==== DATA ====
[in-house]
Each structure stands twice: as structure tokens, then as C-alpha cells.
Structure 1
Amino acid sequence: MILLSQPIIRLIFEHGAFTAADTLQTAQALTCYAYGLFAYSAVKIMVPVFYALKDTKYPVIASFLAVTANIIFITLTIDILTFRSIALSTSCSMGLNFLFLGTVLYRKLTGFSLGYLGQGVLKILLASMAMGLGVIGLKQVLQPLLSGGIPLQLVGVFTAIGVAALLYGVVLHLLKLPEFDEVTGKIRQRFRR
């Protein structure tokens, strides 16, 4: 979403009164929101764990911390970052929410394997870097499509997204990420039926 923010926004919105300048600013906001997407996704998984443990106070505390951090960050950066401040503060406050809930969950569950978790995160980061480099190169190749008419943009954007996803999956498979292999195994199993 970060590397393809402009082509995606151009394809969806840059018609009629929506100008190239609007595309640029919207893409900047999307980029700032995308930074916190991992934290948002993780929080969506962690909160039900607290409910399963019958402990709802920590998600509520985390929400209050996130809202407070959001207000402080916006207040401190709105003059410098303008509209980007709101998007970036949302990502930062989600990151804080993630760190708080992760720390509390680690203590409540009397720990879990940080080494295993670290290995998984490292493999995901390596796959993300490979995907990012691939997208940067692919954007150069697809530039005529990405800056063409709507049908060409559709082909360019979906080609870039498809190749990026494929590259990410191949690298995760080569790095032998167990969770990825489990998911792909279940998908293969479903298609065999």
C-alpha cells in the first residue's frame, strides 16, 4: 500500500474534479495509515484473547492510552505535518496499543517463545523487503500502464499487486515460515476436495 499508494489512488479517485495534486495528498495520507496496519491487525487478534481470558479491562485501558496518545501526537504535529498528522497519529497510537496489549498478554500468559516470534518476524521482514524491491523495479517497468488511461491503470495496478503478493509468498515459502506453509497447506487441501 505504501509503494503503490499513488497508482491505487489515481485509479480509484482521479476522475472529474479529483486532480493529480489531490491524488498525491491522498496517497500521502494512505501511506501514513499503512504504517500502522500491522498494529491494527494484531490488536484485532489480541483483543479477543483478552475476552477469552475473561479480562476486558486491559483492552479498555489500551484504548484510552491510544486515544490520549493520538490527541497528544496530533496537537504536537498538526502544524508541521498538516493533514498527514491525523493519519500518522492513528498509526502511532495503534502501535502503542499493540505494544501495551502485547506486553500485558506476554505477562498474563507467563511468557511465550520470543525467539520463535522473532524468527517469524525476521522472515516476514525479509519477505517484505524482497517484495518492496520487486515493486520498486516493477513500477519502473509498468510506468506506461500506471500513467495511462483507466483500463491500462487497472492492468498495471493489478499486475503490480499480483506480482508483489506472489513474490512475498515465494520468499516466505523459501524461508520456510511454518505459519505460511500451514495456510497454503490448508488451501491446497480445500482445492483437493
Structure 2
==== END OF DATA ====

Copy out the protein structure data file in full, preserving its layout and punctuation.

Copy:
[in-house]
Each structure stands twice: as structure tokens, then as C-alpha cells.
Structure 1
Amino acid sequence: MILLSQPIIRLIFEHGAFTAADTLQTAQALTCYAYGLFAYSAVKIMVPVFYALKDTKYPVIASFLAVTANIIFITLTIDILTFRSIALSTSCSMGLNFLFLGTVLYRKLTGFSLGYLGQGVLKILLASMAMGLGVIGLKQVLQPLLSGGIPLQLVGVFTAIGVAALLYGVVLHLLKLPEFDEVTGKIRQRFRR
């Protein structure tokens, strides 16, 4: 979403009164929101764990911390970052929410394997870097499509997204990420039926 923010926004919105300048600013906001997407996704998984443990106070505390951090960050950066401040503060406050809930969950569950978790995160980061480099190169190749008419943009954007996803999956498979292999195994199993 970060590397393809402009082509995606151009394809969806840059018609009629929506100008190239609007595309640029919207893409900047999307980029700032995308930074916190991992934290948002993780929080969506962690909160039900607290409910399963019958402990709802920590998600509520985390929400209050996130809202407070959001207000402080916006207040401190709105003059410098303008509209980007709101998007970036949302990502930062989600990151804080993630760190708080992760720390509390680690203590409540009397720990879990940080080494295993670290290995998984490292493999995901390596796959993300490979995907990012691939997208940067692919954007150069697809530039005529990405800056063409709507049908060409559709082909360019979906080609870039498809190749990026494929590259990410191949690298995760080569790095032998167990969770990825489990998911792909279940998908293969479903298609065999």
C-alpha cells in the first residue's frame, strides 16, 4: 500500500474534479495509515484473547492510552505535518496499543517463545523487503500502464499487486515460515476436495 499508494489512488479517485495534486495528498495520507496496519491487525487478534481470558479491562485501558496518545501526537504535529498528522497519529497510537496489549498478554500468559516470534518476524521482514524491491523495479517497468488511461491503470495496478503478493509468498515459502506453509497447506487441501 505504501509503494503503490499513488497508482491505487489515481485509479480509484482521479476522475472529474479529483486532480493529480489531490491524488498525491491522498496517497500521502494512505501511506501514513499503512504504517500502522500491522498494529491494527494484531490488536484485532489480541483483543479477543483478552475476552477469552475473561479480562476486558486491559483492552479498555489500551484504548484510552491510544486515544490520549493520538490527541497528544496530533496537537504536537498538526502544524508541521498538516493533514498527514491525523493519519500518522492513528498509526502511532495503534502501535502503542499493540505494544501495551502485547506486553500485558506476554505477562498474563507467563511468557511465550520470543525467539520463535522473532524468527517469524525476521522472515516476514525479509519477505517484505524482497517484495518492496520487486515493486520498486516493477513500477519502473509498468510506468506506461500506471500513467495511462483507466483500463491500462487497472492492468498495471493489478499486475503490480499480483506480482508483489506472489513474490512475498515465494520468499516466505523459501524461508520456510511454518505459519505460511500451514495456510497454503490448508488451501491446497480445500482445492483437493
Structure 2